- Some characters are special cases in some legends Earth Mother is seperate being from Elune. Whereas Elune represents a being in the sky, in some legends Earth Mother represents a being of the earth or the earth itself. But Elune herself is officially categorized under the Ancients subcategory in the official books articles on her. Regardless of who believes in her. Actually the Tauren belief of "Mu'sha" the moon is a closer representation of Elune. Apa'ro and Mu'sha represent Malorne and Elune, and the eyes of the Earth Mother.-Baggins (talk) 05:06, 27 May 2008 (UTC)
- I see. I though it went:
Think of it more this way. Eternal encompasses all things revered by people, gods, demigods, etc or otherwise since before 10,000 years ago essentially (though not necessarily all demons, or every dragon). Only a demons like Kil'Jaeden and Achimonde are considered Eternals, and only the Dragon Aspects themselves.
It has nothing to do with power. Ancients are tied together because they pretty much all had something to do with the War of the Ancients. Dragon Aspects are tied together because well they were guardians of the earth set into power by the Titans basically. Elemental Lords are the most powerful Elementals, ruling a domain of magic. Titans are obvious of course, as the creators of the universe, basically. There hasn't been a book discussing the Old Gods specifically but one would assume they would be Eternals as well, they are implied to be in the Shadows & Light, even though they don't actually get a section of the book. Elune is both an Ancient and a god (she is considered beyond demigod status).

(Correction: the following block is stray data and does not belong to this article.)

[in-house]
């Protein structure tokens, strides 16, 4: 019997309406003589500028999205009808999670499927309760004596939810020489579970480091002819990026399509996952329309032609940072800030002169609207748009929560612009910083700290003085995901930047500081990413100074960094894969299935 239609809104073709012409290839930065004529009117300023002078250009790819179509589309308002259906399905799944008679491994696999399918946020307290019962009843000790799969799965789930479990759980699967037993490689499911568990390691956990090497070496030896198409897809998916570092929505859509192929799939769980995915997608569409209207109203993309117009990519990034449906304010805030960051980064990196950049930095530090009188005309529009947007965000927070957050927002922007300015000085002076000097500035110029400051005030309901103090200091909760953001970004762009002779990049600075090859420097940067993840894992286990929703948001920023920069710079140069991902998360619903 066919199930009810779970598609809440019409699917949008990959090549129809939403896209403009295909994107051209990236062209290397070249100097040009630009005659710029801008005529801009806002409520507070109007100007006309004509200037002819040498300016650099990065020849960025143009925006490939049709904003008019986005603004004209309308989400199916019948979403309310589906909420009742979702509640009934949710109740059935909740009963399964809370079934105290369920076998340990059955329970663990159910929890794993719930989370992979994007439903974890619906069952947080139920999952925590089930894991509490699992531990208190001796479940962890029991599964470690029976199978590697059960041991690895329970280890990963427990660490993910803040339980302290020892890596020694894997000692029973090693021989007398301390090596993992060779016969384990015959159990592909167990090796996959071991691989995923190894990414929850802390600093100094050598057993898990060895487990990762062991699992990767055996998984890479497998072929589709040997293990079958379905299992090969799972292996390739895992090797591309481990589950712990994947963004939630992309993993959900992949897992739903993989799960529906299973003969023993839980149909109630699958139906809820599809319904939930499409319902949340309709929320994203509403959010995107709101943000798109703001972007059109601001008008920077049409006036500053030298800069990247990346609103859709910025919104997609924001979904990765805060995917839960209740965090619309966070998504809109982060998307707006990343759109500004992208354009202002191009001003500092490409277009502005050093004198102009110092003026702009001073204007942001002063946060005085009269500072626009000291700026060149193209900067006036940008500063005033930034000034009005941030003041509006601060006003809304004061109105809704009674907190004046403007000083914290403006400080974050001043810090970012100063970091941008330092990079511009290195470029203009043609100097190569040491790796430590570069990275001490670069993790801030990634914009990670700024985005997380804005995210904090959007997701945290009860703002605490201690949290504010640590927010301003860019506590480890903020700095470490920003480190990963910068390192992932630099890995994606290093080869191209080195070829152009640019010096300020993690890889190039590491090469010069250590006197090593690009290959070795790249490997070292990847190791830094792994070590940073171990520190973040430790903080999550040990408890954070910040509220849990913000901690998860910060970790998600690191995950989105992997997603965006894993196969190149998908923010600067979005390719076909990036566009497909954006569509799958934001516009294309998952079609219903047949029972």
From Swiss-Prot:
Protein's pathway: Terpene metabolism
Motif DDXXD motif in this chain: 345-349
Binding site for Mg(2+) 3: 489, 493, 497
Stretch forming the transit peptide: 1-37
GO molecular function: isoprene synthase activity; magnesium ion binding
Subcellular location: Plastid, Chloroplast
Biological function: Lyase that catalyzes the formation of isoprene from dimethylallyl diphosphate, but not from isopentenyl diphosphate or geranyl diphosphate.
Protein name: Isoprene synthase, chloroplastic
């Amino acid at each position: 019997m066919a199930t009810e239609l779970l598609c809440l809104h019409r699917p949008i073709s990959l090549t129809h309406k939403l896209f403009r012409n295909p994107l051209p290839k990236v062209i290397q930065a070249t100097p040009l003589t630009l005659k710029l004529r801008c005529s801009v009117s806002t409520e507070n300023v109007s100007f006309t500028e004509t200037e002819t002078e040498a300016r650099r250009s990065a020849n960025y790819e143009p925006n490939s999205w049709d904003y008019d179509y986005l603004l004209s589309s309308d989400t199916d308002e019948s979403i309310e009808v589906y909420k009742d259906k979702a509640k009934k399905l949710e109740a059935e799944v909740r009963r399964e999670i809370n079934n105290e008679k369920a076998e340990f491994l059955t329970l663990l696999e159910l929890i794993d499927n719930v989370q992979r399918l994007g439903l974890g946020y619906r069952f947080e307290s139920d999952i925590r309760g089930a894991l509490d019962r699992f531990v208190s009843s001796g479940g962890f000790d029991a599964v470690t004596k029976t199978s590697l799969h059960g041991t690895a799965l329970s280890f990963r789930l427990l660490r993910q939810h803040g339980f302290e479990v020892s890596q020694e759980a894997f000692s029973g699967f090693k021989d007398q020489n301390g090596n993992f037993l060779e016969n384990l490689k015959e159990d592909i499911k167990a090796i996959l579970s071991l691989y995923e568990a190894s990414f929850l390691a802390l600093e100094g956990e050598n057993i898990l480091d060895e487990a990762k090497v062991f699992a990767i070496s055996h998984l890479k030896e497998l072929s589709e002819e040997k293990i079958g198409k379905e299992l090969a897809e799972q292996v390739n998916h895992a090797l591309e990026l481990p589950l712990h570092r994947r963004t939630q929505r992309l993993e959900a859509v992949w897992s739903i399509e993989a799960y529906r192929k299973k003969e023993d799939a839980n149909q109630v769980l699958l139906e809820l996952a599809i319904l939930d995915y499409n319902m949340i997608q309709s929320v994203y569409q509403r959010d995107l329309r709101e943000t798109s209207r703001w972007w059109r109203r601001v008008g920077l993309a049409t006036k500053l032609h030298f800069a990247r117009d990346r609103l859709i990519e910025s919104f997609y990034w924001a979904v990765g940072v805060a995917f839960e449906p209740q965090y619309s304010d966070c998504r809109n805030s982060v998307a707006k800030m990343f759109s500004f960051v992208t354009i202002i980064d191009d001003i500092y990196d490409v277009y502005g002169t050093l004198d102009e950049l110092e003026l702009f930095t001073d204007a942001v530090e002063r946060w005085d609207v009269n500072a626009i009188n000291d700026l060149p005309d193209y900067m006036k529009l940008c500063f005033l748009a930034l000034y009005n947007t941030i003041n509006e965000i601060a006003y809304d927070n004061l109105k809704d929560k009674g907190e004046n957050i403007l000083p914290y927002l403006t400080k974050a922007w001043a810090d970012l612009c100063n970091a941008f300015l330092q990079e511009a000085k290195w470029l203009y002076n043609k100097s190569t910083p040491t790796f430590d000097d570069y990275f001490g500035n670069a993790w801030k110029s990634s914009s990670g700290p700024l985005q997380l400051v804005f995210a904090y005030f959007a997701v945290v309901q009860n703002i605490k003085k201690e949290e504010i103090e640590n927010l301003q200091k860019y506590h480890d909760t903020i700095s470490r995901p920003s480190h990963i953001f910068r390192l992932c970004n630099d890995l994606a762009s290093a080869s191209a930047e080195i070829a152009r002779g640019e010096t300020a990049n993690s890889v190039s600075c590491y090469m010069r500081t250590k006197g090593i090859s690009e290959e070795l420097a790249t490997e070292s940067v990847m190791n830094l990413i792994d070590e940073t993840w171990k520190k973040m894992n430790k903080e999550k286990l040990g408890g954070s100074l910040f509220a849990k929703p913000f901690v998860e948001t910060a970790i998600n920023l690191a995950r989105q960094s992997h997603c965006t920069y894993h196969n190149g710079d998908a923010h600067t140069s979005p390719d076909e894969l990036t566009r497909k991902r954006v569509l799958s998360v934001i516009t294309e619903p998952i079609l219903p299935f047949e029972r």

Ya now I am confused by the title War of the Ancients. In the book why does Cenarius state when he arrives to help that here are the "demigods of Kalimdor—all the demigods" and not here are the Ancients? Like you said, not all demi-gods are Ancients. Rolandius (talk) 05:48, 27 May 2008 (UTC)